“Drums of Tyrone”

No one in Tyrone ever saw Lawrence again or his wife and children for that matter.

Deindustrialization swept over Pennsylvania. Few were surprised when this wave of ruin reached Tyrone and the paper mill closed.

After his final shift, Lawrence had a couple of the old bleach drums loaded into the back of his pickup.

His inability to provide eventually undid him, but he kept the drums under the basement stairs.

When the bank finally foreclosed on his house, Lawrence caught a train for Pittsburgh.

No one in Tyrone ever saw Lawrence again or his wife and children for that matter.

At least not until the sheriff’s sale when someone knocked over an old bleach drum.

Tyrone, Pennsylvania

Blue Collar Candy: The History of the D.L. Clark Company

There is one candy bar that is distinctly Western Pennsylvanian – when was the last time you had a Clark Bar?

Although much of my work is fiction, I have invested some considerable time into a few nonfiction projects over the years. One nonfiction topic that is of special interest to me is the history of the D.L. Clark Company, former producer of the Clark Bar and Zagnut. The D.L. Clark Company has an incredibly interesting history that would immediately appeal to anyone fascinated by 20th century Pittsburgh lore.

I grew up with the Clark Bar, although I hardly knew that particular candy bar as anything unique among the world of confections. Oddly enough, the Clark Bar was actually the one candy item at my grandparents’ house that was distinctly “off limits” to any visiting grandchildren. As a child, candy hunting at my grandparents’ house was a tradition. My grandmother stockpiled chocolate candy and proceeded to stash the treats all over the place – often in very humorous and creative ways.

Despite her efforts, we were often successful in finding the “goodies”. There was always a variety.

Kit Kat.

Mr. Goodbar.

Twix.

Clark Bar.

But we were told that last one was decidedly not for us.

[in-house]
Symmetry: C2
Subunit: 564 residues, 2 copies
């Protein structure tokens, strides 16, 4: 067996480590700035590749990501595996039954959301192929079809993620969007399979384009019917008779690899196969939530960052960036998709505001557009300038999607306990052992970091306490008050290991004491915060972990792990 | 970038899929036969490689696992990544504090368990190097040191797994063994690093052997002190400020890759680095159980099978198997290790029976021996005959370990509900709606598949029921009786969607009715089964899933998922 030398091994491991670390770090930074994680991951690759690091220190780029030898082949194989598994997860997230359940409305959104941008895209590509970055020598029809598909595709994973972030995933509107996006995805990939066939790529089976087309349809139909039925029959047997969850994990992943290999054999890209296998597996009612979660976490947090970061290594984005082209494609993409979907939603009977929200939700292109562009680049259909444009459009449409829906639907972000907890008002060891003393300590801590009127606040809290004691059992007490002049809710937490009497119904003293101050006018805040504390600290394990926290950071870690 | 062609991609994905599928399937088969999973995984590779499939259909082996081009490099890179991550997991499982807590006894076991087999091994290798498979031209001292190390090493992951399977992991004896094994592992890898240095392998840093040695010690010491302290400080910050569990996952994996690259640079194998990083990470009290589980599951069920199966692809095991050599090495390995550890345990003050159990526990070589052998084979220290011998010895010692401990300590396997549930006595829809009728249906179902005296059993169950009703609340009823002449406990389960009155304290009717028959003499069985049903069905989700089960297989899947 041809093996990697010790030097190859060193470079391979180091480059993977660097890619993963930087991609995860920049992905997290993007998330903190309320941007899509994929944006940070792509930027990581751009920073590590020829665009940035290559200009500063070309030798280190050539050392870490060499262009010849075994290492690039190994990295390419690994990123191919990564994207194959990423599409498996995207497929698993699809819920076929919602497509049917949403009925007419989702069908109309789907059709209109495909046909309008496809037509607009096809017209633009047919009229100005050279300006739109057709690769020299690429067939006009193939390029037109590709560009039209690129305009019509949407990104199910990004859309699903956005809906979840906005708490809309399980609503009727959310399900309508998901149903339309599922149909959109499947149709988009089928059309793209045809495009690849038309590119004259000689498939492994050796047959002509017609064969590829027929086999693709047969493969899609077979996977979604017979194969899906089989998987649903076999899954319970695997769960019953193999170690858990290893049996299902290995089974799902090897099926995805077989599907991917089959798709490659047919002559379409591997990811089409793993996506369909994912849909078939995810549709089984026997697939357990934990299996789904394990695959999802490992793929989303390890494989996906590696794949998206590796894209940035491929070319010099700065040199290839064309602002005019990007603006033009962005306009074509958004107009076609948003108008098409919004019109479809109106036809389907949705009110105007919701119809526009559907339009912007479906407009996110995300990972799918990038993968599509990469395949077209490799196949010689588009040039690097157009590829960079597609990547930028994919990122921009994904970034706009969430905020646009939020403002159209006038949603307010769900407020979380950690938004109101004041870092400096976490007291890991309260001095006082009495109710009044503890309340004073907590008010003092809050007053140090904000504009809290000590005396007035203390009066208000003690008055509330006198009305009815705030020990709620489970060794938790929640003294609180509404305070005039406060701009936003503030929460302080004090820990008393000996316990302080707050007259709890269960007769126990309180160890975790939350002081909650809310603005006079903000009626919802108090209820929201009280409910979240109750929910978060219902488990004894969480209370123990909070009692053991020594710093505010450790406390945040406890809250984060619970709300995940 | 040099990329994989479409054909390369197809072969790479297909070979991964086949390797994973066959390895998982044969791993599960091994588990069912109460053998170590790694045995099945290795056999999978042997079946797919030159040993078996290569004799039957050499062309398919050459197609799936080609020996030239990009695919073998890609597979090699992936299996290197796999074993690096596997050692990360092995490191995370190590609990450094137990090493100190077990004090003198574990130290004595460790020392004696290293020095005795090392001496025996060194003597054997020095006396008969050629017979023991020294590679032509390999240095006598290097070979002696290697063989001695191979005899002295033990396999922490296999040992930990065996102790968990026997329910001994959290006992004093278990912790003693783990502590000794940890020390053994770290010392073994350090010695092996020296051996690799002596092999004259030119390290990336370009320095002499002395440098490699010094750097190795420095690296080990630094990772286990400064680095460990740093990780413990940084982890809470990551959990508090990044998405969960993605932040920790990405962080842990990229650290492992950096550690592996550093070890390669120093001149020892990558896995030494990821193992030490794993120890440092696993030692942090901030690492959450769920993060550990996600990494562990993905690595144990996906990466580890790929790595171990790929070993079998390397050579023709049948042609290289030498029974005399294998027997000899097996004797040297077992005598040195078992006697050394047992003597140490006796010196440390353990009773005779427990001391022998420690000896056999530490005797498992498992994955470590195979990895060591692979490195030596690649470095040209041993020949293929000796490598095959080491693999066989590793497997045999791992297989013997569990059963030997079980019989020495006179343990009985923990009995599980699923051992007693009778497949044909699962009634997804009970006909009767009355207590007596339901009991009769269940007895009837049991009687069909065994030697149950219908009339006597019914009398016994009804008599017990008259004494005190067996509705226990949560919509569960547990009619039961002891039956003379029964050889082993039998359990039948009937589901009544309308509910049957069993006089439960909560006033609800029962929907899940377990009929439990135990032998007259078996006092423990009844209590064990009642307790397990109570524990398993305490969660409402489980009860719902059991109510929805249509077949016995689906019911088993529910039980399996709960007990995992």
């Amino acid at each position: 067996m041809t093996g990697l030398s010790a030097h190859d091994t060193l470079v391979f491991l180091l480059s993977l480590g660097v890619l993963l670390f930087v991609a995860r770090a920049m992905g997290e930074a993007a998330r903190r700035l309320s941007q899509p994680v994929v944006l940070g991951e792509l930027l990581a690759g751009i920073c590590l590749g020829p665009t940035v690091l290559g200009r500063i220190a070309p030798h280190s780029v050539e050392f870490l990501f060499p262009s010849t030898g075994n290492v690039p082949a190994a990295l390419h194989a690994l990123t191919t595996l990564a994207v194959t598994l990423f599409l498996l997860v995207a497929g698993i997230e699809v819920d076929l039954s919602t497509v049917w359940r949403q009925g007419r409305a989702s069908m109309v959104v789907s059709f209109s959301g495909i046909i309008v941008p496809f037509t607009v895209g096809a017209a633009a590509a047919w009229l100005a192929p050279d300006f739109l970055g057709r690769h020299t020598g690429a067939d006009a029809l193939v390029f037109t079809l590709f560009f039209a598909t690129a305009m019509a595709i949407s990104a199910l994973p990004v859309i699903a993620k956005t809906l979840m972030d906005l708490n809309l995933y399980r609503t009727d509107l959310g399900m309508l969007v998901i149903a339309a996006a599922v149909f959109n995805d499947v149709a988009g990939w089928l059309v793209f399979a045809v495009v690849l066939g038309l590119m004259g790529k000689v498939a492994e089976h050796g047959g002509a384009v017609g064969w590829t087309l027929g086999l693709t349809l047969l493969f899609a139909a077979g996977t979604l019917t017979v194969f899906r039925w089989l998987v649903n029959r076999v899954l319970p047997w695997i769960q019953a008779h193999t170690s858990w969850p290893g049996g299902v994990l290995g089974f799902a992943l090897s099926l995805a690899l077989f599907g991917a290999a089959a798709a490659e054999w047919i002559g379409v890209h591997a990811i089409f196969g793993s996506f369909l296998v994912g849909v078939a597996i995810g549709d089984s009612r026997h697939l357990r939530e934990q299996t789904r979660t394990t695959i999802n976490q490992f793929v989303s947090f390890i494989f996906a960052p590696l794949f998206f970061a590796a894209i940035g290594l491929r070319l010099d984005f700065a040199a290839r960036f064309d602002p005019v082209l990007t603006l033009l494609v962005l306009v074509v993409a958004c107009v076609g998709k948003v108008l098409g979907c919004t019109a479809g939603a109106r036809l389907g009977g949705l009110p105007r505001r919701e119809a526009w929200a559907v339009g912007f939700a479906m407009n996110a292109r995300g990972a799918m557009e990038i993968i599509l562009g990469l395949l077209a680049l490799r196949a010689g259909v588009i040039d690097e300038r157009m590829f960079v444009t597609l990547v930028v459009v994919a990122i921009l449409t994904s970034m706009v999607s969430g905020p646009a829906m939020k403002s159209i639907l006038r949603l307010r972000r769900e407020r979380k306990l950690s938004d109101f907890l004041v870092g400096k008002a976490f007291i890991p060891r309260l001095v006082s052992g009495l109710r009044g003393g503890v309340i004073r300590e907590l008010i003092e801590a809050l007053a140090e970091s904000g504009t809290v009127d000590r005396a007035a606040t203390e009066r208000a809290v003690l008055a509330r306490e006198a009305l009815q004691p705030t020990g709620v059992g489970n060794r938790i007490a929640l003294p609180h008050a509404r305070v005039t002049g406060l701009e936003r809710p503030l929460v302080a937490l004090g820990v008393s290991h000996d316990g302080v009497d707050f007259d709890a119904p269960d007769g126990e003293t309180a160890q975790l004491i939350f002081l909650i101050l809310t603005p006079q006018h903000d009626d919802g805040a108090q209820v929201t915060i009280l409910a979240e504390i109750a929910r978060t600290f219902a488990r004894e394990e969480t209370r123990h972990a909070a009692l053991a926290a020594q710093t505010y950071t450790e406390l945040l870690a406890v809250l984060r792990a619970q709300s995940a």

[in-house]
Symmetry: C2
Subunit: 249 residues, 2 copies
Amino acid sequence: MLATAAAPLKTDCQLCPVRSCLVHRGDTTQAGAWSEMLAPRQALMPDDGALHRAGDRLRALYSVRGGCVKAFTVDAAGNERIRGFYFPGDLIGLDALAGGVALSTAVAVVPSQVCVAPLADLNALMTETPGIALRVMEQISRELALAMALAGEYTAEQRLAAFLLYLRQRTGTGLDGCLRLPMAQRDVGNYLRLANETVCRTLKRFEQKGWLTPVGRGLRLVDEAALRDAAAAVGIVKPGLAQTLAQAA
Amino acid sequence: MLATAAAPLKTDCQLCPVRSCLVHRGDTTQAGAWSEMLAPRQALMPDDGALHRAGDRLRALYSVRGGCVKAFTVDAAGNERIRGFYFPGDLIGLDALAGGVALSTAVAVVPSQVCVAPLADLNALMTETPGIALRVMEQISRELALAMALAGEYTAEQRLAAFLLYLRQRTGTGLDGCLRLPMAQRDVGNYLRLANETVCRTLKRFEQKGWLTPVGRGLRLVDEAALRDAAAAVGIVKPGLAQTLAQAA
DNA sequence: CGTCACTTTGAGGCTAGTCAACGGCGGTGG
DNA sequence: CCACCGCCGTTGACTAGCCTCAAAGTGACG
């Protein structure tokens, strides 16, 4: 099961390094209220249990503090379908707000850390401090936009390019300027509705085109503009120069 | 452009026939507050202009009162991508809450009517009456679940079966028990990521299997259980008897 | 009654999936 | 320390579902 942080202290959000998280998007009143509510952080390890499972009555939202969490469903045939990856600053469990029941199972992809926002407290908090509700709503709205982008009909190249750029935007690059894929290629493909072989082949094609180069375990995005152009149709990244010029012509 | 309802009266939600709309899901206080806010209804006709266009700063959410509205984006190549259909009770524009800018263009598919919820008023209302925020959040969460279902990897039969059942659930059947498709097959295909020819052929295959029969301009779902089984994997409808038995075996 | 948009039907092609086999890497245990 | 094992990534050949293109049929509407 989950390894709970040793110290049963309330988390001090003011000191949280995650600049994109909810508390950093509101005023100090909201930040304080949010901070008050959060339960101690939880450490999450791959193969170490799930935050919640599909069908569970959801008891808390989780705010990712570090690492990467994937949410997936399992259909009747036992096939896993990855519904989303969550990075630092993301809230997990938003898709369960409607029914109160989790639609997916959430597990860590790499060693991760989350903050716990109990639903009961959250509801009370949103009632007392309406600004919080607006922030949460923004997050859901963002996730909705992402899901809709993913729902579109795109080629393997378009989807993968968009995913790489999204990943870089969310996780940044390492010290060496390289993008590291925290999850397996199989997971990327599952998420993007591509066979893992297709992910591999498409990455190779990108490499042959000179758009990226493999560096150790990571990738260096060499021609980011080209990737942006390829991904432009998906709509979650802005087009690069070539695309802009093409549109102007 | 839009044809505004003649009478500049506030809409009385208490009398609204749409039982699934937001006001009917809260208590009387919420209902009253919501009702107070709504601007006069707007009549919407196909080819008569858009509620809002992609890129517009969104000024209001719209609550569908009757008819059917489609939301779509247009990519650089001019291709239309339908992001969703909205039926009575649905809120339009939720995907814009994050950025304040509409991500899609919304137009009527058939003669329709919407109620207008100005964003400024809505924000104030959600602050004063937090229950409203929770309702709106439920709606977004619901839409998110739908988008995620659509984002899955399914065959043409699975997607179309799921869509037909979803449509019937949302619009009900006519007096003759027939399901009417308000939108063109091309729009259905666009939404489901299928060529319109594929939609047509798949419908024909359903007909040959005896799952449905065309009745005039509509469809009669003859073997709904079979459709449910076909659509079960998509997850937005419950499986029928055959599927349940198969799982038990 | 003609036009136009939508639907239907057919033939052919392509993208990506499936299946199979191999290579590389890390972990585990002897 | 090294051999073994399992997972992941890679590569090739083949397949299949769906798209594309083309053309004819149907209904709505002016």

“Those are for your grandfather,” my grandmother would say.

That made good sense to me. My grandfather’s name is Clark. The five-year-old me was fully satisfied thinking that my grandmother had diligently sought out candy for my grandfather that just happened to have his name in blue lettering on the wrapper.

Of course, that was wonderfully convenient. I didn’t know anyone named “Goodbar” or “Twix”, so for a long time I satisfied myself with avoiding the Clark Bar and thoroughly enjoying whatever else I might find hidden away in the recesses of my grandparents’ dining room.

Clark Bar
The Clark Bar

I rediscovered the Clark Bar two decades later while on a field trip with a group of students in downtown Uniontown. My mind was immediately perplexed with how I had been able to forget such a clear memory from my childhood – let alone an absolute local history bonanza. That rediscovery touched off many years of research.

I was immediately engrossed by the details of the company’s history. David L. Clark was an Irish American, who had started his own confectionery in the back of his house. Those early efforts would expand into a brand that would become synonymous with Pittsburgh and introduce products that would continue to be made long after the company ceased to exist.

Initially, I turned my research into a lecture (Blue Collar Candy: The History of the D.L. Clark Company). I have been fortunate enough to share this lecture with several historical organizations throughout the Pittsburgh region over the last four years.

I shared this summary of the lecture with any hosting historical society, library, or museum for the purpose of publishing announcements:

Pittsburgh in the 19th and 20th centuries could, at times, be rough around the edges: the crackle of blast furnaces; the roar of locomotives; and the blast of steamboat whistles. Those features made up the Steel City we know and love – but that city had a sweeter side. Amidst the coal barons, railroad tycoons, and industrialists, existed one of our nation’s most successive chocolatiers and confectioners –David L. Clark. Clark, an Irish – born immigrant, established the D.L. Clark Company and helped pioneer various types of candy throughout the early 20th century. From the Clark Bar to the Zagnut and every treat in between, D.L. Clark Company products have brought smiles to the faces of Pittsburghers for over 125 years.

The Monongahela Area Historical Society was the first organization to host the lecture in 2012.

A few days after the presentation, I received a letter from Renee Exler of Monongahela, Pennsylvania, who is a member of the Monongahela Area Historical Society and Pittsburgh History and Landmark Foundation. What I received turned out to be a copy of a letter Renee had sent to Andy Masich, the President and CEO of the Heinz History Center in Pittsburgh, Pennsylvania. Renee was kind enough to pass a copy along to me. The letter spoke well of the presentation, pointed out my research to Mr. Masich, and stated that, “People around the world have heard of the Clark Bar, perhaps eaten one, but this great Pittsburgh history would be lost…if it wasn’t for someone like Joshua Scully.”

My goal remains to eventually write the story of the D.L. Clark Company and seek publication. This is an ongoing passion and project.

After all that I’ve accomplished with this, I can’t help but wonder – what if I didn’t have a grandfather named Clark? What if my grandmother had said, “the Oh Henry! bars aren’t for you!”?

And then there’s the Zagnut, which has really created a niche all to itself.